The next stage of his career was far more adventurous. Working at BMW’s Designworks studio in California, he found a place where designers were given the freedom to truly express themselves. This steep learning curve continued when he worked on BMW’s newly acquired Rolls-Royce brand, designing the new Phantom. The design team set up in a studio in London’s Park Lane that used to belong to the actor Johnny Depp. His final job before joining Aston Martin was a spell at Ford in California under the guidance of another automotive design legend, J Mays.
Marek has now overseen Aston Martin design for 12 years, but he says that he is as passionate about the cars now as the day he arrived. “There are so many new challenges because Aston Martin has so much potential,” he says. One of the few criticisms he has had to address was the charge that 21st-century Aston Martins all had a very similar look. Marek argues convincingly that it was this clear design identity that put Aston Martin on the global map.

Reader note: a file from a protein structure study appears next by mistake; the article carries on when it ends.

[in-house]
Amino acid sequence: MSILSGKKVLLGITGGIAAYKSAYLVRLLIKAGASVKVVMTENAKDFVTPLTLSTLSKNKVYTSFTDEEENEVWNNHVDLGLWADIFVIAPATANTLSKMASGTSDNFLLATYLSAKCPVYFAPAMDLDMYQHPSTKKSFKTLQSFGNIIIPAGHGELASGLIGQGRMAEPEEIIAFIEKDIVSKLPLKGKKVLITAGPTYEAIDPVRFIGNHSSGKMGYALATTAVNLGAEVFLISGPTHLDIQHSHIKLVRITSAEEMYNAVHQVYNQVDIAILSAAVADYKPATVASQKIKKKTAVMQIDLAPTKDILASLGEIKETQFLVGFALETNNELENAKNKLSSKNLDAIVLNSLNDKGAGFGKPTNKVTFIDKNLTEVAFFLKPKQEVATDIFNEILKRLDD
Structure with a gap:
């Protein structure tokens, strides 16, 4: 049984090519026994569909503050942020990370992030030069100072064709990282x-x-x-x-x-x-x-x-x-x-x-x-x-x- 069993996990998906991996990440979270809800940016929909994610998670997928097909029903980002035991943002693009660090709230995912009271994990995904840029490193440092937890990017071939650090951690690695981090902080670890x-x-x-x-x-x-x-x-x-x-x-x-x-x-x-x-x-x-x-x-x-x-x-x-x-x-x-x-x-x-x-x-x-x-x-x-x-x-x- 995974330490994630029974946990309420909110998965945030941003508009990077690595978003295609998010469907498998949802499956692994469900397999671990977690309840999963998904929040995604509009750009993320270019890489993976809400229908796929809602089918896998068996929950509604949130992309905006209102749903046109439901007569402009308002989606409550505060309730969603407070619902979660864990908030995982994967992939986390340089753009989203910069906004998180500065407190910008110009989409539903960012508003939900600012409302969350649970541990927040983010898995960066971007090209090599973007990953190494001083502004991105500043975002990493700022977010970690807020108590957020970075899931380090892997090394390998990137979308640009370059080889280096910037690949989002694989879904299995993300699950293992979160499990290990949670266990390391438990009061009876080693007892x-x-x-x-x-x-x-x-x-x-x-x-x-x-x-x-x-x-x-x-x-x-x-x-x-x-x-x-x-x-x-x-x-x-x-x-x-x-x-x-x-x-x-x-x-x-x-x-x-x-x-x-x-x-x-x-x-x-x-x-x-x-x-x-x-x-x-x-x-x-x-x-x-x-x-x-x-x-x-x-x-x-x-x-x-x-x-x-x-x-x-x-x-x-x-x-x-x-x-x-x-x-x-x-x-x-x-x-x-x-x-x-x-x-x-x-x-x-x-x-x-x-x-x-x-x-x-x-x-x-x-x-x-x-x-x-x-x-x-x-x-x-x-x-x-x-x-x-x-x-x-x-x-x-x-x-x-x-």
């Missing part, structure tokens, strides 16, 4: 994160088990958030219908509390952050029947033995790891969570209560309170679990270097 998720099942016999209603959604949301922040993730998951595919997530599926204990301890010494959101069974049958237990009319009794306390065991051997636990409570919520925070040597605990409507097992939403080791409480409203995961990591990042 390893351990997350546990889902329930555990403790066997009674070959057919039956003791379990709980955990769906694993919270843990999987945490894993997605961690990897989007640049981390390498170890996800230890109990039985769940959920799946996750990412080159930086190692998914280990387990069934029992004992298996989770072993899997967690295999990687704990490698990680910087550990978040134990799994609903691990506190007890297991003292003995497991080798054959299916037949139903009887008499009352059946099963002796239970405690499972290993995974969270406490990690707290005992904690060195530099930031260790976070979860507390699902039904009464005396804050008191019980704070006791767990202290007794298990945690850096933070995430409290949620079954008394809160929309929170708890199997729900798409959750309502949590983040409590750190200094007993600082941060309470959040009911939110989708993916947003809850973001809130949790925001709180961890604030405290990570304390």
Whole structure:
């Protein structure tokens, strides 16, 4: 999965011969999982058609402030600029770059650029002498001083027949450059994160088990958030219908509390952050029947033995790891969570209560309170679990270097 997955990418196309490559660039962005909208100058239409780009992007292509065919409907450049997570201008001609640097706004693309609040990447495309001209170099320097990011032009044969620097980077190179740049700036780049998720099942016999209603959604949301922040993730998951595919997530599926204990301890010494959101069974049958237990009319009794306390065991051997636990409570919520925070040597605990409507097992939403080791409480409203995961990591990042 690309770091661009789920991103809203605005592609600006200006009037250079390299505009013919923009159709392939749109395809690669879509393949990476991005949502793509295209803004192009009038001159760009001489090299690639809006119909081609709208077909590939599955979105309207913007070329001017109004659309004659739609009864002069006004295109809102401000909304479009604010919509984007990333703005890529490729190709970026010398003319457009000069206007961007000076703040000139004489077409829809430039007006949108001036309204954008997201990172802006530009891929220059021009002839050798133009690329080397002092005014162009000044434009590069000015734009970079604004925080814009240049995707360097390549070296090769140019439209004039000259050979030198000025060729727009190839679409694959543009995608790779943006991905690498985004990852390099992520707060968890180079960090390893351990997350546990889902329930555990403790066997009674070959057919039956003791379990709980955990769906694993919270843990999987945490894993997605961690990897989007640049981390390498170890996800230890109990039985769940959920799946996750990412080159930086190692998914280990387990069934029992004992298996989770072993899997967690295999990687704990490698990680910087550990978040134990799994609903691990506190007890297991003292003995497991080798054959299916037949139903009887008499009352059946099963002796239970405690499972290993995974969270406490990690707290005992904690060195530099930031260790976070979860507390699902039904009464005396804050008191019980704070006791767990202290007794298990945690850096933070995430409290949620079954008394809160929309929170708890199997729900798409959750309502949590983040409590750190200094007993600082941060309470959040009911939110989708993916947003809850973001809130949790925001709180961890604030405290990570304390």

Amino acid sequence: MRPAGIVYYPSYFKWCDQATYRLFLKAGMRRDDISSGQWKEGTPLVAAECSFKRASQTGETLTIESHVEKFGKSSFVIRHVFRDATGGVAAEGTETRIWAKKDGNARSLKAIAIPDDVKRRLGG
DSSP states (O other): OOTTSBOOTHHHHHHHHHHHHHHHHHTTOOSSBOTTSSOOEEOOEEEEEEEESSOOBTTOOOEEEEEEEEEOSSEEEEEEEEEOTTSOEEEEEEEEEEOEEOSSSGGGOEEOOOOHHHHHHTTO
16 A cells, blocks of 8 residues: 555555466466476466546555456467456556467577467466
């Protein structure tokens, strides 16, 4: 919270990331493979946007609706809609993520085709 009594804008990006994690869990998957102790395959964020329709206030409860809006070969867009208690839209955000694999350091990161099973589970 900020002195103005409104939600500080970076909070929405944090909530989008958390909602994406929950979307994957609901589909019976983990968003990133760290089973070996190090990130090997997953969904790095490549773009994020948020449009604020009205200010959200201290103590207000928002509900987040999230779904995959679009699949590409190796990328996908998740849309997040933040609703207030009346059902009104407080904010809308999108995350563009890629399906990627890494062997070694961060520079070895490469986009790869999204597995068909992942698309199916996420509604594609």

The thing that pushes me most is the constant drive for innovation from design
“One of my roles today is to ensure that every new model from Aston Martin is very different while also being very beautiful and instantly recognisable as an Aston Martin,” he says. After that, there are a few special cars on the horizon. The next big project is the new Vantage. “In many respects, it’s actually more important than the DB11 because it’s the next phase. The Vantage is our core sports car. It has to be simple yet still jaw-droppingly beautiful with a strong wow factor and different to the DB11.”